Updated: Jun 1, 2020
I could not be prouder to graduate from Texas A&M this weekend! I have officially earned my Bachelor's in Electrical Engineering, with minors in Cybersecurity and Computer Science. I walked the stage today with classmates, friends, and colleagues, and graduated summa cum laude as an Undergraduate Research Scholar and an Honors Fellow.
And as long as I'm here bragging about myself, I am very proud of the fact that I graduated with a 4.0 GPA. Grades are not everything, and I know they mean less than the skills and experience I gained from classes, extracurriculars, internships, and peer relations, but I'd like to believe my GPA reflects the time, effort, and dedication that I put towards my studies. As I look back on the classes that challenged me, the professors that used unusual teaching styles, the long hours in labs with projects that felt like they would never work, I know that I was able to conquer all of that, and come out a resilient student with more problem-solving skills than I began with.
Each part of this degree means so much for me, because I know all the hard work put in at night, on weekends, and in the classroom to earn each one.
I decided early on to minor in Computer Science because I knew that technology was going to matter no matter what job I pursued, and that any leg up knowing more about how computers work and how to code in different languages would be valuable. Each time I started a new CS class, I questioned my decision in the first week of class. The syllubi looked hard. The professors sounded tough. The projects sounded long. The material didn't seem to come as naturally to me as other classes. But each time I told myself that I could at least give it a try. And almost without exception, I always found those classes the most fascinating. The material was hard. The professors were tough. The projects were long. But I think they taught me some of the most valuable skills that I will continue to use well beyond graduation. Special thanks to Ellen Dangtran for sticking it though those rough classes with me (except for the one time we dropped 313 after getting a 13-page assignment on the first day.... with everything else going on, it was probably for the best that semester).
The Cybersecurity minor was a later addition, but evolved as I discovered my passion for cyber-physical security. The classes I took my senior year to finish up this minor were some of my favorites. My Intro to Cybersecurity class was intense, but the hands-on skills I learned provided an incredibly important foundation that I know I will fall back on. As with many computer skills, I believe that practicing a skill is what teaches you about a concept more than reading ever can. I am grateful for this class for forcing me to learn things through hands-on cybersecurity practice. I never thought I would take a policy class, but Cyber Law & Policy with Dr. DeWitte was one of the most fascinating classes I took. I never imagined that learning about laws, why they were passed, and how they are used would interest me so much, but this is one class I wish I could take over and over until I became an expert in it. As with everything else, I may have to find ways for hands-on practice with the policy side before I really become proficient. This nascent field of cybersecurity is incredibly fascinating to me, and I can't wait to learn more as my career develops.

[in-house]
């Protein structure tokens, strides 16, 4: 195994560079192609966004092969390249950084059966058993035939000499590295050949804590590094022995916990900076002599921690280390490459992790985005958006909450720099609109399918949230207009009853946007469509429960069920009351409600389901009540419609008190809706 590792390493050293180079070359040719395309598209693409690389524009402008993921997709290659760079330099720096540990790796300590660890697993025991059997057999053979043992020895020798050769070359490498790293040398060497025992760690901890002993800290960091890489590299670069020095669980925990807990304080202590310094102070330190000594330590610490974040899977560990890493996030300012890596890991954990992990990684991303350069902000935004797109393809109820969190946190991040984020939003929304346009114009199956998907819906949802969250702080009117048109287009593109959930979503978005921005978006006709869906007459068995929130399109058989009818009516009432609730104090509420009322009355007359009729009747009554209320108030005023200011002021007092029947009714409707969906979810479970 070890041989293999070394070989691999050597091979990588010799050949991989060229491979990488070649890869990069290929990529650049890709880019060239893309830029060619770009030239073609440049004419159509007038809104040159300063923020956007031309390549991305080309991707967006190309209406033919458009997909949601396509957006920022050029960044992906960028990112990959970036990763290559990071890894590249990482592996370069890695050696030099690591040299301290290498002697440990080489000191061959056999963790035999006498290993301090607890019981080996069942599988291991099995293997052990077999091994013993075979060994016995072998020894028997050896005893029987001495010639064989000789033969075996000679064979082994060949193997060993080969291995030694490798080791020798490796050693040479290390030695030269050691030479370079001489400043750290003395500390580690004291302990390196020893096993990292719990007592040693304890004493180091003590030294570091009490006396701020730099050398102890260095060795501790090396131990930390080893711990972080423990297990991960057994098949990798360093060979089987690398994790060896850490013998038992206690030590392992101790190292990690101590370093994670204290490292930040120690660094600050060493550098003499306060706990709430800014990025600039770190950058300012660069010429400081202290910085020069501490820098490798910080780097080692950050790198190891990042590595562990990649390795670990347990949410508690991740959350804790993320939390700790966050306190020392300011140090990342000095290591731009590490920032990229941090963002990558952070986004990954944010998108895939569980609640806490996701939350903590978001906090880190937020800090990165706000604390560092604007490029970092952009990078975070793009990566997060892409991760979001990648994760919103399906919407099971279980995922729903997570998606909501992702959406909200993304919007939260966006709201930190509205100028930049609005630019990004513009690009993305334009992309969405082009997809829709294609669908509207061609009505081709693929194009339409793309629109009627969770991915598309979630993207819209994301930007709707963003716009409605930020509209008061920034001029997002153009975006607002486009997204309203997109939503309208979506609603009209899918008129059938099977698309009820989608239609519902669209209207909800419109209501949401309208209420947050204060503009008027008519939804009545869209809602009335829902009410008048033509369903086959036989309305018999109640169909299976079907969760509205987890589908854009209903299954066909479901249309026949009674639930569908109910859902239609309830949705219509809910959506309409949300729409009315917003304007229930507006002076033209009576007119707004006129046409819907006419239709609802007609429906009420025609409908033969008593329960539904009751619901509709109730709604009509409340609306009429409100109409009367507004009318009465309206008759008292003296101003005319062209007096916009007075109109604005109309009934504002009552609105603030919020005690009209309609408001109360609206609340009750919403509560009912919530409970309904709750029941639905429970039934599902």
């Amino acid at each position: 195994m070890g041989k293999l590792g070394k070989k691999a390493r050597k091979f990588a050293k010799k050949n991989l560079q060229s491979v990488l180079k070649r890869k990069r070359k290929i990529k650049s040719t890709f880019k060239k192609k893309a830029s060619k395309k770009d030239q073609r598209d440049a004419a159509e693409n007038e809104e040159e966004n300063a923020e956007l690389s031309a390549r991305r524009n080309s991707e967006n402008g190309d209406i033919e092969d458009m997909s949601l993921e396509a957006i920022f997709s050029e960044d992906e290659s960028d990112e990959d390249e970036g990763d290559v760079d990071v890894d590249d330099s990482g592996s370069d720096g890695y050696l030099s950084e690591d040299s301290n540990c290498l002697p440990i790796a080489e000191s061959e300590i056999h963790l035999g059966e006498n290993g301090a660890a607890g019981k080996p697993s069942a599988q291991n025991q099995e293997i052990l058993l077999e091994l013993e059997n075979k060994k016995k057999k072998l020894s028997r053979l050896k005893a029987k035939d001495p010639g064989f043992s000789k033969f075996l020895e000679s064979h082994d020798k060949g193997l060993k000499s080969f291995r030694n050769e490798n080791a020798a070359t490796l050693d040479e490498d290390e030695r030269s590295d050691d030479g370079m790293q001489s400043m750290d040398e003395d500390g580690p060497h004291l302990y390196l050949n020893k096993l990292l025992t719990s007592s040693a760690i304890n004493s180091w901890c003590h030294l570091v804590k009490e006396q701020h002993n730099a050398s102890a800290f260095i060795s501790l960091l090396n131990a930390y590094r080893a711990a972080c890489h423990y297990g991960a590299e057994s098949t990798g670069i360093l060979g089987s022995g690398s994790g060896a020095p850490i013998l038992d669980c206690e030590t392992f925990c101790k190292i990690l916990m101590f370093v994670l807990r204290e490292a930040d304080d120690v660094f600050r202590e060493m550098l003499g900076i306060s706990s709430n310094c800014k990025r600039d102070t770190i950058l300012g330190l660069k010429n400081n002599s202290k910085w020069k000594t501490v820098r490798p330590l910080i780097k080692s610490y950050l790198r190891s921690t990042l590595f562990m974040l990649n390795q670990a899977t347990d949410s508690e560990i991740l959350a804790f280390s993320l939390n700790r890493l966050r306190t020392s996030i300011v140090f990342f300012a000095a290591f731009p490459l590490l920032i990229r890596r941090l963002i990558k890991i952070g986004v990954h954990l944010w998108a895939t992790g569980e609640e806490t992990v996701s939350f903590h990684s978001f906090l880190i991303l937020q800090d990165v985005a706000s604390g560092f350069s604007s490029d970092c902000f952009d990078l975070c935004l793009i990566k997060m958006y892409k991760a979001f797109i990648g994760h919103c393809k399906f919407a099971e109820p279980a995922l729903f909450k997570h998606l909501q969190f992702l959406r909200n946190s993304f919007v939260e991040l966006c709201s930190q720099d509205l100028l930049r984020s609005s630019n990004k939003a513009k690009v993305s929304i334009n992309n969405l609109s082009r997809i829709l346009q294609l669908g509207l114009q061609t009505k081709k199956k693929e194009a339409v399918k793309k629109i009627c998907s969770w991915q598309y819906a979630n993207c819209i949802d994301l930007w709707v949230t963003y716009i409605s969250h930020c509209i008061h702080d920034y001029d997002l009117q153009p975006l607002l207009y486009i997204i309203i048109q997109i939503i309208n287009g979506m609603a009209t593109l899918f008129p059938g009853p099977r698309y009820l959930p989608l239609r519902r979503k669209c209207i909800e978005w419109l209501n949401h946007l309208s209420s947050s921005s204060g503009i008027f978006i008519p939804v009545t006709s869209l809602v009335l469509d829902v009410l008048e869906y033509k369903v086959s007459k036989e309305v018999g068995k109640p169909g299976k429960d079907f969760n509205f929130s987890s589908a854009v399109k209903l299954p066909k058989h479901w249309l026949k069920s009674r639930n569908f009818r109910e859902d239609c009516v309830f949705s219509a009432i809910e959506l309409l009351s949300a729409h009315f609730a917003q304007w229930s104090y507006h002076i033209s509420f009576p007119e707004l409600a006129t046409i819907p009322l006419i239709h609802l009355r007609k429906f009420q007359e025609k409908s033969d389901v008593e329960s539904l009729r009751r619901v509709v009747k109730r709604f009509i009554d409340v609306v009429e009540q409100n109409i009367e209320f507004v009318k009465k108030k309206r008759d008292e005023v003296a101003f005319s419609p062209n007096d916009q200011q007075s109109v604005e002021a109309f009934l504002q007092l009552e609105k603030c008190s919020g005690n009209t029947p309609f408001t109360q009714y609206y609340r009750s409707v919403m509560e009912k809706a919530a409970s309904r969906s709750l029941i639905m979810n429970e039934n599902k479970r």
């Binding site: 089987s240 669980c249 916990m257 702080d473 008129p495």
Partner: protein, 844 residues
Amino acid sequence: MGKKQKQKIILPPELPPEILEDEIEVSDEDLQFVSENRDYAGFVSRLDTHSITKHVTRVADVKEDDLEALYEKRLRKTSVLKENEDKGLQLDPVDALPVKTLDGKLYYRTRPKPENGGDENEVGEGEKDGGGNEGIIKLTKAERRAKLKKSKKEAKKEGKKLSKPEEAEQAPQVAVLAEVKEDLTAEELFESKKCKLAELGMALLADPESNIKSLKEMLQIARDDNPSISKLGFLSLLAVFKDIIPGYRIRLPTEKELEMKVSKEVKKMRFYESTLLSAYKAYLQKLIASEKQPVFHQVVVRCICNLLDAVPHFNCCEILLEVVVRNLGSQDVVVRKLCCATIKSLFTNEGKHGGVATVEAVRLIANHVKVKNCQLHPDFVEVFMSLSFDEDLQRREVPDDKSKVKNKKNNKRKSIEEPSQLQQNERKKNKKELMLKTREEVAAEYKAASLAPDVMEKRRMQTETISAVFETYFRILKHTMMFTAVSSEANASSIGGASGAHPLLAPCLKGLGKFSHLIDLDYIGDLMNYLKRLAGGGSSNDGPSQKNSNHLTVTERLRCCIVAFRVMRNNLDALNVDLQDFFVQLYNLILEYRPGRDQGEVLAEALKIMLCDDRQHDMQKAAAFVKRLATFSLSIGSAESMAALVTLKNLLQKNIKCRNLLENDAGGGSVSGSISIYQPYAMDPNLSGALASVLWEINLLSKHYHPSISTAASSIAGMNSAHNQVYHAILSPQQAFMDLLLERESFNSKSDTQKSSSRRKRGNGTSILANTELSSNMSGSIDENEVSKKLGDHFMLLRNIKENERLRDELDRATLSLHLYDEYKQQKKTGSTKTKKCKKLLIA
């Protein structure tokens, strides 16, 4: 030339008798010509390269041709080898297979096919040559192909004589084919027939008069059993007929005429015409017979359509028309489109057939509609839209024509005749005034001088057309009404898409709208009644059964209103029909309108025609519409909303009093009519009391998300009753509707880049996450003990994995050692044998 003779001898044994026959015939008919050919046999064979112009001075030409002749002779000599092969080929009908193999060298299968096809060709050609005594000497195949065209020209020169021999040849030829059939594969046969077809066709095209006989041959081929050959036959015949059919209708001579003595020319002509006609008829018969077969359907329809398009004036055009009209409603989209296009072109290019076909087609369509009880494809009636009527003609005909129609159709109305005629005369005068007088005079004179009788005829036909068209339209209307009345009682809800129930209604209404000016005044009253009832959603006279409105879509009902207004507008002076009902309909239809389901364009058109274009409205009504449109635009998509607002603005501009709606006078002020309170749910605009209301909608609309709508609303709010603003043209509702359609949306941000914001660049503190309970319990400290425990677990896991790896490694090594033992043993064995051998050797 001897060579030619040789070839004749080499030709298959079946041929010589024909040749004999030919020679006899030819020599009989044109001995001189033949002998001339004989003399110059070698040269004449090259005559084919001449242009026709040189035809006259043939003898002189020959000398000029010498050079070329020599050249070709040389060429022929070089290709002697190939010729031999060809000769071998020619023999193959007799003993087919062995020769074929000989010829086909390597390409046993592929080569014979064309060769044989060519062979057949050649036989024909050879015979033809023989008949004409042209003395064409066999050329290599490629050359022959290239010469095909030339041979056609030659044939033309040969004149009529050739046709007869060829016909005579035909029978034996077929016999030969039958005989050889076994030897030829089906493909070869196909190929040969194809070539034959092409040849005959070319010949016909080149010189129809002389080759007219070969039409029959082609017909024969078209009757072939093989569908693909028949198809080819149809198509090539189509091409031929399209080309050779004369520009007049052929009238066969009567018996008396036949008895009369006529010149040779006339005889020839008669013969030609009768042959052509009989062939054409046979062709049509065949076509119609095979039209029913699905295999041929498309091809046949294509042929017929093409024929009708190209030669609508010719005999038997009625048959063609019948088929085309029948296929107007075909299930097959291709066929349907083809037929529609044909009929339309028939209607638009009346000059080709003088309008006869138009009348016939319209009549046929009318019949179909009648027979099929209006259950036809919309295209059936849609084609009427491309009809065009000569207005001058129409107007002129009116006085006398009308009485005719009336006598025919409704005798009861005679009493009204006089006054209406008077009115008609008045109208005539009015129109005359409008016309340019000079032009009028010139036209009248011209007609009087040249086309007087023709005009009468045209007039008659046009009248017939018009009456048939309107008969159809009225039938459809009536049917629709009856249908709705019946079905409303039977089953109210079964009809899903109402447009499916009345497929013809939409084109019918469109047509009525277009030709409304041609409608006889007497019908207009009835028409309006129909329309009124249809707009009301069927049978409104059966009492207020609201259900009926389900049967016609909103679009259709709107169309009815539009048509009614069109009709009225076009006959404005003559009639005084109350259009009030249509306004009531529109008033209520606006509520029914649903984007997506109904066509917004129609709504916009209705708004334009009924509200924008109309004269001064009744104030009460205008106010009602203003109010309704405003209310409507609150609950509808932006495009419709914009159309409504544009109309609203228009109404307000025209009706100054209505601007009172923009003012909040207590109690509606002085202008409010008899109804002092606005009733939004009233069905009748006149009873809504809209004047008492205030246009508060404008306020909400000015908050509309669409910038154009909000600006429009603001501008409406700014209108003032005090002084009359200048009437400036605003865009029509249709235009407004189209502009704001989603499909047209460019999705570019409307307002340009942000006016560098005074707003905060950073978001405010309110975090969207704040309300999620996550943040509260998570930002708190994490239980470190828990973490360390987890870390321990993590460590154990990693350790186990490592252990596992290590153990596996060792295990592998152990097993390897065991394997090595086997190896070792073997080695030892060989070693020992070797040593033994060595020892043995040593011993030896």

The Undergraduate Research Scholar distinction recognizes specifically my undergraduate thesis, but for me also speaks to the other publications I've authored as well as the research projects that are yet to be published.
Finally, the Honors distinction recognizes my dedication to the University Honors program throughout my four years of undergrad, my commitment to taking honors classes as part of my general studies and major-specific curriculum, and my engagement on campus with guest speakers, community service opportunities, and networking with other honors students.
As proud as I am of these achievements, I know that I would not have reached this point without the support of my family, friends, classmates, and mentors. My parents answered my calls for every question I had, large or small. My friends supported me through my most stressful test weeks, and I am especially grateful to my roommates who helped me unwind after long days and made sure I made the most of my time in College Station. I learned as much from my classmates as my professors sometimes, and I'm grateful that I had so many amazing people to go though the electrical engineering journey with me. I am grateful to my mentors, both in school and outside. Many thanks to Dr. Kate Davis, Ms. Windy Lala, Mr. Warren Ashford, Mr. Harsh Juneja, Dr. Mindy Koudelka, Mrs. Ginger Wright, Mr. Robert Erbes, and many more for the lessons they taught me, both technically and professionally.
Finally, I would be remiss if I did not thank all of the people and organizations who supported my tuition. I would not have chosen to attend Texas A&M without the gift and encouragement from Mr. Craig Brown, and his support is something that I can never hope to repay, but pray that I will one day be able to pass forward. I am grateful for my donors to the Texas A&M Foundation, the President's Endowed Scholar fund, the Parker County Aggie Mom's Club, as well as to IEEE, IEEE Power and Energy Society, ERCOT, Lockheed Martin, the National Merit Foundation, and FS-ISAC.
Thanks and Gig 'Em Aggies! I hope that one day I am able to give back to help the next classes of students have the same opportunities that I was given!